Technology

ChatGPT creator OpenAI casts spell on Microsoft

OpenAI, the developer of ChatGPT and a Microsoft-backed firm, is currently the most exciting new company in Silicon Valley. ChatGPT is a much-hyped chatbot that can create a poem, a college essay, or even a line of software code.

OpenAI, the developer of ChatGPT and a Microsoft-backed firm, is currently the most exciting new company in Silicon Valley. ChatGPT is a much-hyped chatbot that can create a poem, a college essay, or even a line of software code.

Elon Musk, founder and CEO of Tesla, was an early investor in OpenAI. Microsoft is reportedly in talks to increase an initial investment of $1 billion to $10 billion to rival Google’s preeminent search engine.

Suppose the deal with the Windows maker goes through. In that case, OpenAI will be worth $29 billion, making it a remarkable triumph in the IT industry at a time when other companies like Amazon, Meta, and Twitter are slashing costs and laying off employees.

According to Wedbush Securities analyst Dan Ives, “Microsoft is clearly being aggressive on this front and not going to be left behind on what could be a potential game-changing AI investment.”

OpenAI’s Dall-E 2, which can generate digital graphics in response to a single instruction, impressed the tech community long before the debut of ChatGPT.

Microsoft has already used Dall-E 2 in a number of its products, and now, according to a report from Bloomberg, the tech giant plans to graft ChatGPT onto its Bing search engine to compete with Google.

Since its debut in November, consumers have been captivated by ChatGPT, a chatbot that has impressed many with its capabilities.

Concerns have been raised that it could be exploited by dishonest students or for disinformation because it can generate human-sounding responses to complex questions in seconds.

OpenAI’s brilliant marketing strategy, which made its research accessible to non-experts, contributed to its dizzying success, according to Robb Wilson, founder of the AI software startup OneReach.ai and an AI expert.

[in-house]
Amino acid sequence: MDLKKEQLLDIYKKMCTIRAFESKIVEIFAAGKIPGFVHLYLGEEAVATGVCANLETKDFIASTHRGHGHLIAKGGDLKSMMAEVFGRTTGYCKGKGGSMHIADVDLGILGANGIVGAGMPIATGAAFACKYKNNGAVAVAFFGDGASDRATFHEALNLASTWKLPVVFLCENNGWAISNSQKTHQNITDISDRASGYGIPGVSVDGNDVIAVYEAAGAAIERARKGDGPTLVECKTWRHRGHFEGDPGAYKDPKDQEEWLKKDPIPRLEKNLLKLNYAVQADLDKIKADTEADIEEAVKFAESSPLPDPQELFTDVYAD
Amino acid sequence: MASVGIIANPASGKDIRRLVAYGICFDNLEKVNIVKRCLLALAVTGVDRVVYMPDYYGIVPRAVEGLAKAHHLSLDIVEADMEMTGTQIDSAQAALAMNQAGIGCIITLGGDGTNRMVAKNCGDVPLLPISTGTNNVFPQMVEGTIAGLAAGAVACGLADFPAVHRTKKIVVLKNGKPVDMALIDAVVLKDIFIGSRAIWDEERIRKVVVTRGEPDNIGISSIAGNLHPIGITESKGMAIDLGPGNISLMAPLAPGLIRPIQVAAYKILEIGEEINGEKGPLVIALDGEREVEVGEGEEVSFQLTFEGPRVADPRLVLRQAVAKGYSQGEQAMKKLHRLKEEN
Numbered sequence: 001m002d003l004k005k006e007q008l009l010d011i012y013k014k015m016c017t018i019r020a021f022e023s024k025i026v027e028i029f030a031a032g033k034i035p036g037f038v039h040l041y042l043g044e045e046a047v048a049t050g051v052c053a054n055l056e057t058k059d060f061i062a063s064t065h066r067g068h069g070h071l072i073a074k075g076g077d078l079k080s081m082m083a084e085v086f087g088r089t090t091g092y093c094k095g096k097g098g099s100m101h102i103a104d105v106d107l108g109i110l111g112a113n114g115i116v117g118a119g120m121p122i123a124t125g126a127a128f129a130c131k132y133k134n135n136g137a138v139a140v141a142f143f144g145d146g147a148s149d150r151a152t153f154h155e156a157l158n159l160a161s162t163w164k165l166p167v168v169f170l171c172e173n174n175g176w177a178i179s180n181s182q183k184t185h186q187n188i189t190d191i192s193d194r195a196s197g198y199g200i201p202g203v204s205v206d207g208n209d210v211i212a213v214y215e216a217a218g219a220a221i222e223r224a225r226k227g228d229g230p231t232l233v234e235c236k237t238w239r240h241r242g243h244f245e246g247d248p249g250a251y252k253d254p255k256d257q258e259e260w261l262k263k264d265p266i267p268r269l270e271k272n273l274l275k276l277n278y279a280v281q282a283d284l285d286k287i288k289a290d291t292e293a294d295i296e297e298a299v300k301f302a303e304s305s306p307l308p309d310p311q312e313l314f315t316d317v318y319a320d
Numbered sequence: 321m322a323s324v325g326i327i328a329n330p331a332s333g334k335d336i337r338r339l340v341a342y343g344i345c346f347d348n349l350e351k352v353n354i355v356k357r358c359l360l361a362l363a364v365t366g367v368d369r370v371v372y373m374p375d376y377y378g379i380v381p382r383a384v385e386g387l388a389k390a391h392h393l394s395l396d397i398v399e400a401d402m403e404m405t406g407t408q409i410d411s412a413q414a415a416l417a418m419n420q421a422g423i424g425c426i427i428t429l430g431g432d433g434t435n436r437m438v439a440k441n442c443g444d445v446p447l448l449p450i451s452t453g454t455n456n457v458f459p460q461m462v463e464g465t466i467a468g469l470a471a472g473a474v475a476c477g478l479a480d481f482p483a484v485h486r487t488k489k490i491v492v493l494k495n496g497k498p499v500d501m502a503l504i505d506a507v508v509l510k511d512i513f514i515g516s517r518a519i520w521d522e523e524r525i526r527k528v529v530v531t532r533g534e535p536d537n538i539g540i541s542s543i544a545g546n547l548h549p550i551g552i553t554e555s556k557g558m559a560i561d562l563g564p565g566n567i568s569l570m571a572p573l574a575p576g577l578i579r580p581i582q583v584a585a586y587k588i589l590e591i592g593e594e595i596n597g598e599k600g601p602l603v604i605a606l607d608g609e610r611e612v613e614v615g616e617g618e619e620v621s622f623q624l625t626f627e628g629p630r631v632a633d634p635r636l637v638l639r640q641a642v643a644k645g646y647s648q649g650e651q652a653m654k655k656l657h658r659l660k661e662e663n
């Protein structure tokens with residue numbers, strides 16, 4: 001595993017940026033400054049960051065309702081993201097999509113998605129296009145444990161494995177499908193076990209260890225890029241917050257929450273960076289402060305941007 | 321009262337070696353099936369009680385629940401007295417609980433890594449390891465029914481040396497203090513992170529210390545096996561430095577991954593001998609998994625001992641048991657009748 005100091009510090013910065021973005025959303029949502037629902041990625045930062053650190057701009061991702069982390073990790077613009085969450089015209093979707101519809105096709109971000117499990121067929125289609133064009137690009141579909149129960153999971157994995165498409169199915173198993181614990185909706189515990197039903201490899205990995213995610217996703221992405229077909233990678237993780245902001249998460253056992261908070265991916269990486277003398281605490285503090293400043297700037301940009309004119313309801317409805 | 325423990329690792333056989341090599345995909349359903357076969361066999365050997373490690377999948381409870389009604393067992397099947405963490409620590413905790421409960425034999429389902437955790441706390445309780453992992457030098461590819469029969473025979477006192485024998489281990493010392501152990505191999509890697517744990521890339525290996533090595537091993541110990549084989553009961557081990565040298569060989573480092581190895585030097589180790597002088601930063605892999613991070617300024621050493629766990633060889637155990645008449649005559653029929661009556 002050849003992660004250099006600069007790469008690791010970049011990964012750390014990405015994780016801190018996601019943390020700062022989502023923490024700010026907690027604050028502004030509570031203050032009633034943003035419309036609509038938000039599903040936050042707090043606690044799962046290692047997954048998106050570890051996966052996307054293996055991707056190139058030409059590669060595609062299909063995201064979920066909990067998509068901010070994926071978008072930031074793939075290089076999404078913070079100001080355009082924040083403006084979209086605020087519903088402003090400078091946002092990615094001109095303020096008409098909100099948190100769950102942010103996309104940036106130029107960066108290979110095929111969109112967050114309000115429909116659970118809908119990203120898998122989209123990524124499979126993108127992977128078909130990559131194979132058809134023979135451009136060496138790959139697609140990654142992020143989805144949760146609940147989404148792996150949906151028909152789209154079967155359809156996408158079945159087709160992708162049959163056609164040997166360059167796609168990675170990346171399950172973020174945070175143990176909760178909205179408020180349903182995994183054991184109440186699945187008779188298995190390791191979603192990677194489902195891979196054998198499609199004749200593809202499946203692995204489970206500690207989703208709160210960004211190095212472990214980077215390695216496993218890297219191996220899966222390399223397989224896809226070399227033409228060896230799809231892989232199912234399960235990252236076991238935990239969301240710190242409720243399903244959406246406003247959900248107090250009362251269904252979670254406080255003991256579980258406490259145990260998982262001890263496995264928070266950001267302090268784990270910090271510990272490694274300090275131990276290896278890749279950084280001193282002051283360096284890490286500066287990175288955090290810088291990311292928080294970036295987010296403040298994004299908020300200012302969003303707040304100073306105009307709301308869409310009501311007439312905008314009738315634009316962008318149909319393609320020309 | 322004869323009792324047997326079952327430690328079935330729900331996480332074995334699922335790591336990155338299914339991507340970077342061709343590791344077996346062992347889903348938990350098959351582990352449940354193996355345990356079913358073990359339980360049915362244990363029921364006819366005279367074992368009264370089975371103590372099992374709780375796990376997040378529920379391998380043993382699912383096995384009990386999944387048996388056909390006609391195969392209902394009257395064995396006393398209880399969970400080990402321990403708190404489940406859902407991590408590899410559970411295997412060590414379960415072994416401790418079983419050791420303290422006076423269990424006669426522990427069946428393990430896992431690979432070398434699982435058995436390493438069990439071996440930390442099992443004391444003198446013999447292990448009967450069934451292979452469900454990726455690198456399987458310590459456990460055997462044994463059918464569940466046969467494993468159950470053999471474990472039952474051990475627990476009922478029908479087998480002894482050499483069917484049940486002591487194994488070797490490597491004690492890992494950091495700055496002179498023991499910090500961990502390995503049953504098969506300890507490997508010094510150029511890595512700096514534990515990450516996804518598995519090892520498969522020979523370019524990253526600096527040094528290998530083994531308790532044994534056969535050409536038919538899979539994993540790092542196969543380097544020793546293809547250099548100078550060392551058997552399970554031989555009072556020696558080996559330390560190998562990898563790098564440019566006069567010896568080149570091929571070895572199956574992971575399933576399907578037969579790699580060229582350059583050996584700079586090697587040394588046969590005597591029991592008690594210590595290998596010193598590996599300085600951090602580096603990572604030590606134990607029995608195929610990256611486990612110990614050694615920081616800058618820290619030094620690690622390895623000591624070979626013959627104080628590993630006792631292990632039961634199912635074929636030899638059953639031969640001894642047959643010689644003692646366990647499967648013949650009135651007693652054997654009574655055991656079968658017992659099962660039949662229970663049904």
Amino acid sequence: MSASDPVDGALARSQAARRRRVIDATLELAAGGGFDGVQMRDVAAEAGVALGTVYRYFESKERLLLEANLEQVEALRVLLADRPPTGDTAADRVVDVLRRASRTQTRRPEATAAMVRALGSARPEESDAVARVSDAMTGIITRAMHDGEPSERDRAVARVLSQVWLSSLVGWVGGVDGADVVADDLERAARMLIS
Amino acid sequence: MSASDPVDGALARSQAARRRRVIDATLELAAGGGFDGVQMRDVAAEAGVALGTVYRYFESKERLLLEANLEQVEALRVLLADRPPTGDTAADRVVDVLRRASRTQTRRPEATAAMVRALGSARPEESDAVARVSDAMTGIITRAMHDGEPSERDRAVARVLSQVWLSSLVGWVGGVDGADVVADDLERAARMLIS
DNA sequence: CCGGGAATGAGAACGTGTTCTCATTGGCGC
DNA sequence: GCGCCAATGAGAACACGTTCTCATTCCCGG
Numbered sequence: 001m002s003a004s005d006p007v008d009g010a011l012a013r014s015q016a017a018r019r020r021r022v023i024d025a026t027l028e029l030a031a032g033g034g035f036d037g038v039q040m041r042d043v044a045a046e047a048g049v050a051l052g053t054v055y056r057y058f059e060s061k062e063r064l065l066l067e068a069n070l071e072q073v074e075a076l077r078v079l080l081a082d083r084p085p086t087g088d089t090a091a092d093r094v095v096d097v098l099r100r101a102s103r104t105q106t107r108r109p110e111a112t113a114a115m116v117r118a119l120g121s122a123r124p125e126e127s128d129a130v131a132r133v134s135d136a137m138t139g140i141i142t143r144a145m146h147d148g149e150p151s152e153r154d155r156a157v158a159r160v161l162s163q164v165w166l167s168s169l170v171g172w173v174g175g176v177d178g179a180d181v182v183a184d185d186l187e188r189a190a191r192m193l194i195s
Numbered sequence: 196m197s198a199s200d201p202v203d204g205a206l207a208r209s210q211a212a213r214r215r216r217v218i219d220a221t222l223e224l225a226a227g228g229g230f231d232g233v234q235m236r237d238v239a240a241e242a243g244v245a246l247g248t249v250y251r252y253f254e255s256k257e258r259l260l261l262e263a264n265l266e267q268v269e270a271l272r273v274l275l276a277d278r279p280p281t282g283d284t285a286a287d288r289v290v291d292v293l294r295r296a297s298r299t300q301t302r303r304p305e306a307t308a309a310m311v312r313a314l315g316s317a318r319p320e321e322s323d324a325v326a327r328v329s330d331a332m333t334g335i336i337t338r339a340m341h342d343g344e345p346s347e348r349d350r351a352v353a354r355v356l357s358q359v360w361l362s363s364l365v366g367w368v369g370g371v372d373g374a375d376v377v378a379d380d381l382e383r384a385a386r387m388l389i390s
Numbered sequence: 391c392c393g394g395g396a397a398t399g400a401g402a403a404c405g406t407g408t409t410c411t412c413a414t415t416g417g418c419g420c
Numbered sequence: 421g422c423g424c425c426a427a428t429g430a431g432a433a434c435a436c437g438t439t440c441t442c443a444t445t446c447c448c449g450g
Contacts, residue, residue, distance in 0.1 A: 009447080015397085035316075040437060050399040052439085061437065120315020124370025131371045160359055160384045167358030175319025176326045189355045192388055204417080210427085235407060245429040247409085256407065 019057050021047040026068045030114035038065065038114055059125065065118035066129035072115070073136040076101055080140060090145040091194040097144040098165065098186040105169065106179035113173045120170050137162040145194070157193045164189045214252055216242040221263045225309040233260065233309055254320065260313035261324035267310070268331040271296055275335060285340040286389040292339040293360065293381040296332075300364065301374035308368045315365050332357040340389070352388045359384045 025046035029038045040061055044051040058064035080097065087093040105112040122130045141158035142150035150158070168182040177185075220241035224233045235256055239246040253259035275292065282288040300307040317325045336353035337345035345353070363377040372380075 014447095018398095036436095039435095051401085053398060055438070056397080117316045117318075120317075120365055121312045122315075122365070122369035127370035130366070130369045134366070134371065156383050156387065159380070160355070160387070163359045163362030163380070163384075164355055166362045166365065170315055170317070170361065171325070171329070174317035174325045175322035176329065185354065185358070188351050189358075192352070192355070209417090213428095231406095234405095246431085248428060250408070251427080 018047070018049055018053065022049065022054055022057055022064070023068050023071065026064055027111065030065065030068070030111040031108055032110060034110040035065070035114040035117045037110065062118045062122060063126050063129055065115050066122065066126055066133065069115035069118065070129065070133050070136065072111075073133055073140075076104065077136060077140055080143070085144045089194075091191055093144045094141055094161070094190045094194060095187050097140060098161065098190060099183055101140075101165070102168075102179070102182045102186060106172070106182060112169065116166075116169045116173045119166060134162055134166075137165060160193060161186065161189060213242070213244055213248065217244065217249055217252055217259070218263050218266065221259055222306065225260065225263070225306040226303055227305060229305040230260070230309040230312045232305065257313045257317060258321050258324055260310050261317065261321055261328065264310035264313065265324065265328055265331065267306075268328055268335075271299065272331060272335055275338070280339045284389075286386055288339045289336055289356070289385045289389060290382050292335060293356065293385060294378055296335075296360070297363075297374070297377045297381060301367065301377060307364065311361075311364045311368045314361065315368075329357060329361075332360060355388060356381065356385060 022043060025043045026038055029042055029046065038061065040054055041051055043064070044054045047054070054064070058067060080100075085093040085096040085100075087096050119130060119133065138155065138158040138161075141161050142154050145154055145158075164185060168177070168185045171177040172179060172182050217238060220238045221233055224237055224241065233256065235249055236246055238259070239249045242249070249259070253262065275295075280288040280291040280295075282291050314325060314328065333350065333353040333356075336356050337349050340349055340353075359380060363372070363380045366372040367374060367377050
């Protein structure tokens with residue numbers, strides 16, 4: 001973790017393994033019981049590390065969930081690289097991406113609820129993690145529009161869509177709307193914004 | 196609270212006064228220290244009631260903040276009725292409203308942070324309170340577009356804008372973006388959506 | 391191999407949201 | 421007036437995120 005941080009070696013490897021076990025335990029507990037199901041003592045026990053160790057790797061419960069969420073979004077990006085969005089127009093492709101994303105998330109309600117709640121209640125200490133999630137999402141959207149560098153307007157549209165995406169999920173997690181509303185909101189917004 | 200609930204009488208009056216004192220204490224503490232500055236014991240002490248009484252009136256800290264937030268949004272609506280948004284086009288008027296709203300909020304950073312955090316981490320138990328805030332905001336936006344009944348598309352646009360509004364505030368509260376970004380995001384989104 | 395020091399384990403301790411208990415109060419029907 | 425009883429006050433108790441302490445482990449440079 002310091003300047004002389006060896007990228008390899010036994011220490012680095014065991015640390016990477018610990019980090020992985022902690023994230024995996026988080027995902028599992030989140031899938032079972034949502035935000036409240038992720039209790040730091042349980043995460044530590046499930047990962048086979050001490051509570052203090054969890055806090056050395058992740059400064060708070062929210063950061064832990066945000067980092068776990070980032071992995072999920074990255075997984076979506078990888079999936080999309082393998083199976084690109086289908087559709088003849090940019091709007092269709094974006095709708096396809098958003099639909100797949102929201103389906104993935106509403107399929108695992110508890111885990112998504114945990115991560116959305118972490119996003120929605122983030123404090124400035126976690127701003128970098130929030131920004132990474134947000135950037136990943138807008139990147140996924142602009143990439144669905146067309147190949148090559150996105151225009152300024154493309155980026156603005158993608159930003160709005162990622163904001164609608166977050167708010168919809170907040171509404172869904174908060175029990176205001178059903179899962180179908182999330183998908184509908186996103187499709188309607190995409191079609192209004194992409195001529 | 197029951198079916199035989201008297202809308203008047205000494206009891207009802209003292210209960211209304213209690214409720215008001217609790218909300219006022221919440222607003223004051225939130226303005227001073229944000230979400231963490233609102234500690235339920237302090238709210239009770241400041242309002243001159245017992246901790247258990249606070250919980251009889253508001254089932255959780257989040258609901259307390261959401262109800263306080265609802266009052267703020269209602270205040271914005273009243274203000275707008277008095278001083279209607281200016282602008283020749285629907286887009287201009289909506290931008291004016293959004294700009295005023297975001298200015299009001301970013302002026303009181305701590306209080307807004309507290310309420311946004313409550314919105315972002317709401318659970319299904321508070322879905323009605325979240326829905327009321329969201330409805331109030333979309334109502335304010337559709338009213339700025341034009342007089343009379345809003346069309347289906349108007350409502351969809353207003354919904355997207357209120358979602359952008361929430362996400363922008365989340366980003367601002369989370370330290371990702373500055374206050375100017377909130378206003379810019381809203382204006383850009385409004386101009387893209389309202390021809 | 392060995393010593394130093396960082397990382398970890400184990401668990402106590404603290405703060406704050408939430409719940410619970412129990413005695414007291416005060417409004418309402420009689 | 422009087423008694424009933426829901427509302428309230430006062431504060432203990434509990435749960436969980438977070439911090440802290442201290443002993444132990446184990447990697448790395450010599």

“Having this technology available to technologists was one thing. Offering it in a chat user interface and allowing non-developers to start playing with it ignited a conversation,” he said.

Sam Altman, a 37-year-old businessman and former head of startup accelerator Y Combinator, founded OpenAI in late 2015.

From the beginning, the company has relied on funding from notable individuals like LinkedIn co-founder Reid Hoffman, investor Peter Thiel, and Musk.

The multi-billionaire was a member of OpenAI’s board until 2018, when he resigned to focus on his electric vehicle startup, Tesla.

Ilya Sutskever, a former Google executive and machine learning expert, now leads a team of computer scientists and researchers at the business.

OpenAI did not react to AFP’s questions, but a straightforward question on ChatGPT indicated that the company employed over 200 people by 2021.

Despite the buzz surrounding ChatGPT, the company has not yet established a sustainable revenue stream.

This week, co-founder Greg Brockman announced that a premium version of ChatGPT was in the works, even though the firm was founded as a charity and has now transitioned to a “capped for-profit” status to attract more investors.

To cover its astronomical costs, the company has to seek funds actively.

In an early December Twitter exchange with Musk, Altman admitted that OpenAI spends several US cents on each interaction on ChatGPT.

According to estimates by Tom Goldstein, an associate professor in the University of Maryland’s computer science department, the company is shelling out $100,000 a day for its bot, or nearly $3 million a month.

Even though “either way, it’s not cheap,” Goldstein acknowledged that partnering with Microsoft, which offers the firm its remote computing services, might save costs.

“Some say it’s wasteful to pour these kinds of resources… into a demo,” he added.

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